When we bought the home it had already had two owners, most recently 5 Bachelors with a motorcycle hobby. Yup, they were beloved by ALL the neighbors for sure. Not to mention that yard maintenance was not exactly a priority. So, it was a typical example of a NEW fixer upper these days. But, also a VERY blank canvas from the stand point of the garden.

I failed to get shots in 2007 of the gardens, I was too busy cleaning and planting! This pic shows the back yard in 2008, one year after we moved in. This gravel path and the beds on either side as well as all of the plants you see here did not exist at that time.

Back Yard in June of 2009.

I’m pretty sure I spent the better part of the first year simply adding soil to even make it diggable. Yes, that is the most correct Hort-term I could think of for this awful, hard-pan clay soil. Also, as you can see across the back side, privacy is an issue, so my baby Leyland Cypress trees that I started as 1 Gallons are 3 ft. tall in this picture. I also started creating English Laurel Standards from 1 Gallon babies too- wait until you see those now!

The drainage here is abominable. The lawn is just a bog all winter and most of spring until it dries out in summer and then it’s impossible to keep watered. Even the dog didn’t want to walk out there. Luckily all of those big tree roots have been helping to suck some of it up.

Now skip ahead to early spring of this year before any of the color and fluff came on and this was where we were in 2012. My MASTER Plan is about to unfold before your very eyes!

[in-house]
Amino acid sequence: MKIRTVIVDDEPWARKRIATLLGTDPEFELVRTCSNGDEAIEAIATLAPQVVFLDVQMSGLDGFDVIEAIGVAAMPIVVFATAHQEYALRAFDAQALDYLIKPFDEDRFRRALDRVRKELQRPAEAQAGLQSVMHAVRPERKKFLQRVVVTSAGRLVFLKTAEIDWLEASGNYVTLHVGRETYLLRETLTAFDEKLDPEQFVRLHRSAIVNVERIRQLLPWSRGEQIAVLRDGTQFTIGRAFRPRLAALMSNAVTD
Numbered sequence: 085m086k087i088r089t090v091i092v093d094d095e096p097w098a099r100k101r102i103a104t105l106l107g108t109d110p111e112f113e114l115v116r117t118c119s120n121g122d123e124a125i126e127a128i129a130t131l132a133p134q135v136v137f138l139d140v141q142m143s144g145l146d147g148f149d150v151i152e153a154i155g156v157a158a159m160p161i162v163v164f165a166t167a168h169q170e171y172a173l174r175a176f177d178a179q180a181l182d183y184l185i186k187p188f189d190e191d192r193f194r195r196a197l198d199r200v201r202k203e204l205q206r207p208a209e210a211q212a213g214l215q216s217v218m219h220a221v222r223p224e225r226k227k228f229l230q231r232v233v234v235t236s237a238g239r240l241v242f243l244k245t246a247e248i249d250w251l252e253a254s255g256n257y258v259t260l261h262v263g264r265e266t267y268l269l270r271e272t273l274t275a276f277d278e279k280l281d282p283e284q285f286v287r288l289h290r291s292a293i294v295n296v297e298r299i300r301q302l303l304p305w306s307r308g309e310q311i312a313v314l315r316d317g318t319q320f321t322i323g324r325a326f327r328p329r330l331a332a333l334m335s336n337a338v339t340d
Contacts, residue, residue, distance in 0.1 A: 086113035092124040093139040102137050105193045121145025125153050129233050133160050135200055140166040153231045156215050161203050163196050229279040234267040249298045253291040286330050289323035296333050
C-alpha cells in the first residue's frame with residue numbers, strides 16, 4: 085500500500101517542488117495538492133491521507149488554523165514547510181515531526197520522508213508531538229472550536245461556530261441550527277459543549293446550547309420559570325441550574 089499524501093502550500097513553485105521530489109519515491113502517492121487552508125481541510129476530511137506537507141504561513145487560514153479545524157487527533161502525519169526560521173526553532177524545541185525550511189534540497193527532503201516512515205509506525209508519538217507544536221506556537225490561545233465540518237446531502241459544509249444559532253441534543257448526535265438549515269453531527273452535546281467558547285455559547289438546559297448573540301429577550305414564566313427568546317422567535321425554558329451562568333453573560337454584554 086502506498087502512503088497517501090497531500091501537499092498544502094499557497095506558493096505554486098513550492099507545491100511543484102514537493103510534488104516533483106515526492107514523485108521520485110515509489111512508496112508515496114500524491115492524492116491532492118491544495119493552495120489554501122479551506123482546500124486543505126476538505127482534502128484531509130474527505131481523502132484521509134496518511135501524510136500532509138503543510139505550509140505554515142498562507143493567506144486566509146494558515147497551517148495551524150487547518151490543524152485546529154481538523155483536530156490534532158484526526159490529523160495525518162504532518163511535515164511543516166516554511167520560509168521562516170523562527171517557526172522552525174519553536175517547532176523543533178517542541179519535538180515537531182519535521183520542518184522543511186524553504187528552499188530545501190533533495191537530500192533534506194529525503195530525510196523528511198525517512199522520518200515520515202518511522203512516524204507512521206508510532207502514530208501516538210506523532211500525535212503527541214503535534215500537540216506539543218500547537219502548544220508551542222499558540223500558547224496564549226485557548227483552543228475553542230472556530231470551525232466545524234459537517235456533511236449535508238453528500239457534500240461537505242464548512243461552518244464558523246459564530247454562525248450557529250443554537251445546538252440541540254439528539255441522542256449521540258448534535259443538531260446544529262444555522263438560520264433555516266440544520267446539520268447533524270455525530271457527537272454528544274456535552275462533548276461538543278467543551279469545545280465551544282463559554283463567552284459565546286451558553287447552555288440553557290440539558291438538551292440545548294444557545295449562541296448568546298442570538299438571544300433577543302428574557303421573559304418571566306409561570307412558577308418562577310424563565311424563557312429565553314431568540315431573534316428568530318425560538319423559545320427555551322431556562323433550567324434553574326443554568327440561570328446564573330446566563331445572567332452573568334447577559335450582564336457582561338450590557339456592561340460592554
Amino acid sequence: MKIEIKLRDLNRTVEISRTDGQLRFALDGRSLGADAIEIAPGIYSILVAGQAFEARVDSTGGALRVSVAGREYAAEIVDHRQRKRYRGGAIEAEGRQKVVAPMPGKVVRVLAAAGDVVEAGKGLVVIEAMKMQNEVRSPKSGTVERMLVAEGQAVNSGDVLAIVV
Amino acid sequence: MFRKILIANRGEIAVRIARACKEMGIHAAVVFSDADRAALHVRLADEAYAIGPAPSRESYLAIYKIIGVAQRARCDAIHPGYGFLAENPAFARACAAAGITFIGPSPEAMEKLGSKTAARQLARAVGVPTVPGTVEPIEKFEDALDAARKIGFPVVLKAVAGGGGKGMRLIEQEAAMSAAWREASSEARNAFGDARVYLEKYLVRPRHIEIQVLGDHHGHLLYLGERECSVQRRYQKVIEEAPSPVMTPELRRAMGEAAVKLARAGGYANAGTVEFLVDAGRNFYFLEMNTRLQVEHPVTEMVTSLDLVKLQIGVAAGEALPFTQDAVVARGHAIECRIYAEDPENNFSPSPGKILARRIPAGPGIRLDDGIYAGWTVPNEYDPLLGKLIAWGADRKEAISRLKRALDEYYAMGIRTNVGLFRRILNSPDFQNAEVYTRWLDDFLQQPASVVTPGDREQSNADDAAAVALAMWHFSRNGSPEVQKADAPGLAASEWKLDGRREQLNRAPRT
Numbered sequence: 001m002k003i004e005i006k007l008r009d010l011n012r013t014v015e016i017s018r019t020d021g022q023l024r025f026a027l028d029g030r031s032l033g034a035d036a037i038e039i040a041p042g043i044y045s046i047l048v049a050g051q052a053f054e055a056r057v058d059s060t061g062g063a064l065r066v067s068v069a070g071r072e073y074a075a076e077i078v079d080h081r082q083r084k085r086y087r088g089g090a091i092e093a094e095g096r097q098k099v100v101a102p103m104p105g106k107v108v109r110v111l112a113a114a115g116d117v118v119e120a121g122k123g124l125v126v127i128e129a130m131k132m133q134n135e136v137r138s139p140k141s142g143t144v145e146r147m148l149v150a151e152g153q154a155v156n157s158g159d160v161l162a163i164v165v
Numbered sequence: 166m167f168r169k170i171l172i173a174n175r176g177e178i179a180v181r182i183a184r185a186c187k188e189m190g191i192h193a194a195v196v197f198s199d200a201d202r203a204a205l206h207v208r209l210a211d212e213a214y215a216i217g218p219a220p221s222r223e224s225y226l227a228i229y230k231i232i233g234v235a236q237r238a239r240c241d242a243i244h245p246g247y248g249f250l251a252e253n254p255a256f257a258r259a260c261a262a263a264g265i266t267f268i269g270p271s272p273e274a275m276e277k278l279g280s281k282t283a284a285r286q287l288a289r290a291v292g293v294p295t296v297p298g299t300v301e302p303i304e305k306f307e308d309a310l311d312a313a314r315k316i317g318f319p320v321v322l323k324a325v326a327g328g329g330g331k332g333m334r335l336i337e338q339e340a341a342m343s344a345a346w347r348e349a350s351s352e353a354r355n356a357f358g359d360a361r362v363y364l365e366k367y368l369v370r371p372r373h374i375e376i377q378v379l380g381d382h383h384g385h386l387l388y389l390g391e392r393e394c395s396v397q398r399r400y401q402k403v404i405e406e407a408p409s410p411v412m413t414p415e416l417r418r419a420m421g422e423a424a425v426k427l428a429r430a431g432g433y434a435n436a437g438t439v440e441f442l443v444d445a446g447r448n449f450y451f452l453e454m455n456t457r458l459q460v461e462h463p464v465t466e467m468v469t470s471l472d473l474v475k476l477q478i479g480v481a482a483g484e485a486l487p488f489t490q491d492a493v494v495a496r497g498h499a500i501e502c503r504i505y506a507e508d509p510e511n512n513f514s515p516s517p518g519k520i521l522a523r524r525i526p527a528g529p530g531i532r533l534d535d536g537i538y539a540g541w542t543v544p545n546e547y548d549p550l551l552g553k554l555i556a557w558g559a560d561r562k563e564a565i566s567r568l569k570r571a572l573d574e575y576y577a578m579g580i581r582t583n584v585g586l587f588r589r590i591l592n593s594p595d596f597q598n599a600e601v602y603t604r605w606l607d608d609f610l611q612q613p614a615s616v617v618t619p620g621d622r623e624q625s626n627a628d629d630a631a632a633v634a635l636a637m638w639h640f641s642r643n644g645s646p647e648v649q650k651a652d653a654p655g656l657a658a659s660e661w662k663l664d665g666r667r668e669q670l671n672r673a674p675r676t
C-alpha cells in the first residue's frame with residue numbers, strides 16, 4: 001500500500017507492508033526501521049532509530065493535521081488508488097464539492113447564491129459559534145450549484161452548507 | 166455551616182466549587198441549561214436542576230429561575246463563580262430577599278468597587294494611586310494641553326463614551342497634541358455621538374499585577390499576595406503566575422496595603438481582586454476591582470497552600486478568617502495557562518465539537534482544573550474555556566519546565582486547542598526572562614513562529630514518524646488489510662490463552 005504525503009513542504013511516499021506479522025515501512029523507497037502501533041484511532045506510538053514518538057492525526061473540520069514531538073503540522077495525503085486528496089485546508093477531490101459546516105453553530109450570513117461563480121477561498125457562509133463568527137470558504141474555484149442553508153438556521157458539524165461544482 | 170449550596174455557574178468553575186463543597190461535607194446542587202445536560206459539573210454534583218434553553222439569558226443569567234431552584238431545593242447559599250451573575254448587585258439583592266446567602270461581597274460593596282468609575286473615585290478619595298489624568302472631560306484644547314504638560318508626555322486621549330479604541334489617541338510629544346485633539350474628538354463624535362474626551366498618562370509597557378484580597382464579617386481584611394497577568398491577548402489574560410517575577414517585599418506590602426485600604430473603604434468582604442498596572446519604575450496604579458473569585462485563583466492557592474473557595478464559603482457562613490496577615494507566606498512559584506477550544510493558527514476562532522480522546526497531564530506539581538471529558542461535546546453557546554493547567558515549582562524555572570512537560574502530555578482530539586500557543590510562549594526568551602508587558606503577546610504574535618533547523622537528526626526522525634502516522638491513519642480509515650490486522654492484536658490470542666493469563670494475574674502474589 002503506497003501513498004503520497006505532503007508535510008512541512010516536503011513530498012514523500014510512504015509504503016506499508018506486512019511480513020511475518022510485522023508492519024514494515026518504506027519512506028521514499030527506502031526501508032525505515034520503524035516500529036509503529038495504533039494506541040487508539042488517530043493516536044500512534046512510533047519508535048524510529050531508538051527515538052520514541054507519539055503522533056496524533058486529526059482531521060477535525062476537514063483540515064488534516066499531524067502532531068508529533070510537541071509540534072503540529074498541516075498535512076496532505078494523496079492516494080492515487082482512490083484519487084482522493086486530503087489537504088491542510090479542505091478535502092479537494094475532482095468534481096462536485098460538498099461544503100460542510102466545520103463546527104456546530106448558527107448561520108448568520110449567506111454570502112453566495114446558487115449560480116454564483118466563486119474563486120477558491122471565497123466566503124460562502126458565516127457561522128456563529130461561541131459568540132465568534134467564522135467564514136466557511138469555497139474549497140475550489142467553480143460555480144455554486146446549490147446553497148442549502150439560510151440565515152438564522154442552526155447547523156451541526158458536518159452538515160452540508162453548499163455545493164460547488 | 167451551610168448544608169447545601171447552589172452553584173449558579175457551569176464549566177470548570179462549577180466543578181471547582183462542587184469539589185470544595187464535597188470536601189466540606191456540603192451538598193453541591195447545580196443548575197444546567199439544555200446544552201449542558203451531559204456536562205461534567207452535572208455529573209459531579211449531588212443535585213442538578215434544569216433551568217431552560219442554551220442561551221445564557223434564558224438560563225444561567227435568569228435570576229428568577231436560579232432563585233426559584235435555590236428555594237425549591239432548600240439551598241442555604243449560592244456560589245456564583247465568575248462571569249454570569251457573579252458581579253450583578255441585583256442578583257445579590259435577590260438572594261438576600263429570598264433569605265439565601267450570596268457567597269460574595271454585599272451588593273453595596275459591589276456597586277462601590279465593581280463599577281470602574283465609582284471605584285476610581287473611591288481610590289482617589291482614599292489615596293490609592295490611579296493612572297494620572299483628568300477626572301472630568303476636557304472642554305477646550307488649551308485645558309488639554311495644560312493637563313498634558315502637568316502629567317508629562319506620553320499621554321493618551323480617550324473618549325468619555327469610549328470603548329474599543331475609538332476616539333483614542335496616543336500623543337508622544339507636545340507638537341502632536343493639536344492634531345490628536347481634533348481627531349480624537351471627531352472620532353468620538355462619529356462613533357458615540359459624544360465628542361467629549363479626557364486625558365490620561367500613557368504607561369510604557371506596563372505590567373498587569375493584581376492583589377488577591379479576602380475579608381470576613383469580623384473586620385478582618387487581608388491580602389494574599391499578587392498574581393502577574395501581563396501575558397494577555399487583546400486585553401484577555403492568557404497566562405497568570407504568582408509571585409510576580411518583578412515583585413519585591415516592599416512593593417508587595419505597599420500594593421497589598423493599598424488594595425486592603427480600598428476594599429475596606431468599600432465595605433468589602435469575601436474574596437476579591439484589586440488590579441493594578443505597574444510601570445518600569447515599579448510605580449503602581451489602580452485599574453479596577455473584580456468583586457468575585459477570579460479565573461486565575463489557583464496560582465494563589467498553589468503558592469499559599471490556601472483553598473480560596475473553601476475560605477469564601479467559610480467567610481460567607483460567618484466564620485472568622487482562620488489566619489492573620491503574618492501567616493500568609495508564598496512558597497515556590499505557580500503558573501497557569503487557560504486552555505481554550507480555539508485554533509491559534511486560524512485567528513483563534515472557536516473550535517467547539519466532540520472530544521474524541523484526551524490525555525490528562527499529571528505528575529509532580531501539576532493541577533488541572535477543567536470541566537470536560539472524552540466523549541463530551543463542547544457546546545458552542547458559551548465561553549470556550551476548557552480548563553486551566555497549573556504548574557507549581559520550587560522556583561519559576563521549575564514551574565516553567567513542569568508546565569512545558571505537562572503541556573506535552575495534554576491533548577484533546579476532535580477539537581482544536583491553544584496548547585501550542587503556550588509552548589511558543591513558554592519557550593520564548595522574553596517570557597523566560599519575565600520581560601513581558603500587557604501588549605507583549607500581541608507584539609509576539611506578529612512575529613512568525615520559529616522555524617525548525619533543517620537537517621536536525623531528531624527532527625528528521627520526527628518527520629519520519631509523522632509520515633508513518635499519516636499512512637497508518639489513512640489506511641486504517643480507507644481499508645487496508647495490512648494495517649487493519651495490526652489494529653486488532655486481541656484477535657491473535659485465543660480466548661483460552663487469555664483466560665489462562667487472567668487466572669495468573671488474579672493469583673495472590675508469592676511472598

LAWN be gone!! No more mowing and edging- YUCK!

Construction day one, 7 years in the making…. no, waiting, yes, that’s it!

The Gravel base my patio and edging are down.The guys are getting the forms ready for the 3 concrete pedestals for my containers and building my water feature. The pedestals will be covered with slate tiles. Check out the size of my very pruned Leyland Cypress trees and Laurel Standards now!

Ta da! There are still a few tweaks and of course more plants needed. But, for the most part, it’s exactly as I had envisioned it. My landscape crew thought my idea was totally nuts, but now they see the light!

I adore my new veggie bins!!

A cool respite in the shade on a hot day.

More updates on the new back yard to come this summer as I finish planting and getting it just the way I want it, this is only 2 weeks old now! I’ve now bared my garden soul to all of you. I hope you enjoyed what took me a long time to get here.

Please be sure to take a look at what the other brilliant Lords and Ladies of the Round Table have to share as well!

Susan Morrison : Blue Planet Garden Blog : East Bay, CA

Rebecca Sweet : Gossip In The Garden : Los Altos, CA

Pam Penick : Digging : Austin, TX

Mary Gallagher Gray : Black Walnut Dispatch : Washington, D.C.

Jocelyn Chilvers : The Art Garden : Denver, CO

Deborah Silver : Dirt Simple : Detroit, MI

Debbie Roberts : A Garden of Possibilities : Stamford, CT

Christina Salwitz : Personal Garden Coach : Renton, WA

Andrew Keys : Garden Smackdown : Boston, MA

Rochelle Greayer : Studio G : Boston, MA

 

Celebrating One Season at a Time April 20, 2012

Each spring I find that my wonder and exaltation of natures capacity to renew me after a long winter seems greater and greater. Once I’m able to be outside for any length of time without getting either soaked or numb is a wonderful day to be outside enjoying the garden.

In the Northwest we live with a constant paradox, our winter seems longer than a truly cold climate season due to our gray skies that seems to last for 6 months. Well, now that I actually think about it, it really is almost a 6 month winter. So, when we do get let out of the house we get a little nutty and want to plant tomatoes in March. Not that I would actually do it, but when we are pining for those lazy warm summer days that never seem to arrive soon enough, it’s a tempting thought.